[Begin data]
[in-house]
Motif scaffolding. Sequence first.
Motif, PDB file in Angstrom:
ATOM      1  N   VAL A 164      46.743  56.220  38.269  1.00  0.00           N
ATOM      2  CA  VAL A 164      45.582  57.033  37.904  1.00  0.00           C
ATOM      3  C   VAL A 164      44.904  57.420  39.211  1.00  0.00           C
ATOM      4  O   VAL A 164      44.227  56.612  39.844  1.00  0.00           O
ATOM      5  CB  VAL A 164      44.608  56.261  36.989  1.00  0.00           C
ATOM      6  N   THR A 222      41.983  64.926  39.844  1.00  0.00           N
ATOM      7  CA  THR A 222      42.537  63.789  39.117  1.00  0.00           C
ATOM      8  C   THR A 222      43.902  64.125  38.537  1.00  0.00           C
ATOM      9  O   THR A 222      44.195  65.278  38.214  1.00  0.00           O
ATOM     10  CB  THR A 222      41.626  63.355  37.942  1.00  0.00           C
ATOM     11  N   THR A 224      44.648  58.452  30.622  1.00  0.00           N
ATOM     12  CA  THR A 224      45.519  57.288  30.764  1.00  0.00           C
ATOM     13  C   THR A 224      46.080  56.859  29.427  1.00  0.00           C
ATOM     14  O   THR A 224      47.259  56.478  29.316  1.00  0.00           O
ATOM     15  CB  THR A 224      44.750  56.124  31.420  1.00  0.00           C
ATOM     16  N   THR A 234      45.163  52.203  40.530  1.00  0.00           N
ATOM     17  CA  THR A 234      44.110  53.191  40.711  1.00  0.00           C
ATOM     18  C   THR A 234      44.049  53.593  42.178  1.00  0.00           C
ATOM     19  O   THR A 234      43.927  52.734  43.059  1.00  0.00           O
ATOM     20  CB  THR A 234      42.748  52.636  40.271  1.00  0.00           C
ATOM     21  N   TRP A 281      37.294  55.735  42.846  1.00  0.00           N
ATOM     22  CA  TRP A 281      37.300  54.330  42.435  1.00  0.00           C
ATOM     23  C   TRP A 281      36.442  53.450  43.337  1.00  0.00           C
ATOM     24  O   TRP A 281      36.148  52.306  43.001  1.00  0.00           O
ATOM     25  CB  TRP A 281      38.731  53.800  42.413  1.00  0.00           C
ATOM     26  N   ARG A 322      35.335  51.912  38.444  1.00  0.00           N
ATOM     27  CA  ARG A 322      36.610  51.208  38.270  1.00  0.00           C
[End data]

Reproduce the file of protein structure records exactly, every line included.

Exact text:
[in-house]
Motif scaffolding. Sequence first.
Motif, PDB file in Angstrom:
ATOM      1  N   VAL A 164      46.743  56.220  38.269  1.00  0.00           N
ATOM      2  CA  VAL A 164      45.582  57.033  37.904  1.00  0.00           C
ATOM      3  C   VAL A 164      44.904  57.420  39.211  1.00  0.00           C
ATOM      4  O   VAL A 164      44.227  56.612  39.844  1.00  0.00           O
ATOM      5  CB  VAL A 164      44.608  56.261  36.989  1.00  0.00           C
ATOM      6  N   THR A 222      41.983  64.926  39.844  1.00  0.00           N
ATOM      7  CA  THR A 222      42.537  63.789  39.117  1.00  0.00           C
ATOM      8  C   THR A 222      43.902  64.125  38.537  1.00  0.00           C
ATOM      9  O   THR A 222      44.195  65.278  38.214  1.00  0.00           O
ATOM     10  CB  THR A 222      41.626  63.355  37.942  1.00  0.00           C
ATOM     11  N   THR A 224      44.648  58.452  30.622  1.00  0.00           N
ATOM     12  CA  THR A 224      45.519  57.288  30.764  1.00  0.00           C
ATOM     13  C   THR A 224      46.080  56.859  29.427  1.00  0.00           C
ATOM     14  O   THR A 224      47.259  56.478  29.316  1.00  0.00           O
ATOM     15  CB  THR A 224      44.750  56.124  31.420  1.00  0.00           C
ATOM     16  N   THR A 234      45.163  52.203  40.530  1.00  0.00           N
ATOM     17  CA  THR A 234      44.110  53.191  40.711  1.00  0.00           C
ATOM     18  C   THR A 234      44.049  53.593  42.178  1.00  0.00           C
ATOM     19  O   THR A 234      43.927  52.734  43.059  1.00  0.00           O
ATOM     20  CB  THR A 234      42.748  52.636  40.271  1.00  0.00           C
ATOM     21  N   TRP A 281      37.294  55.735  42.846  1.00  0.00           N
ATOM     22  CA  TRP A 281      37.300  54.330  42.435  1.00  0.00           C
ATOM     23  C   TRP A 281      36.442  53.450  43.337  1.00  0.00           C
ATOM     24  O   TRP A 281      36.148  52.306  43.001  1.00  0.00           O
ATOM     25  CB  TRP A 281      38.731  53.800  42.413  1.00  0.00           C
ATOM     26  N   ARG A 322      35.335  51.912  38.444  1.00  0.00           N
ATOM     27  CA  ARG A 322      36.610  51.208  38.270  1.00  0.00           C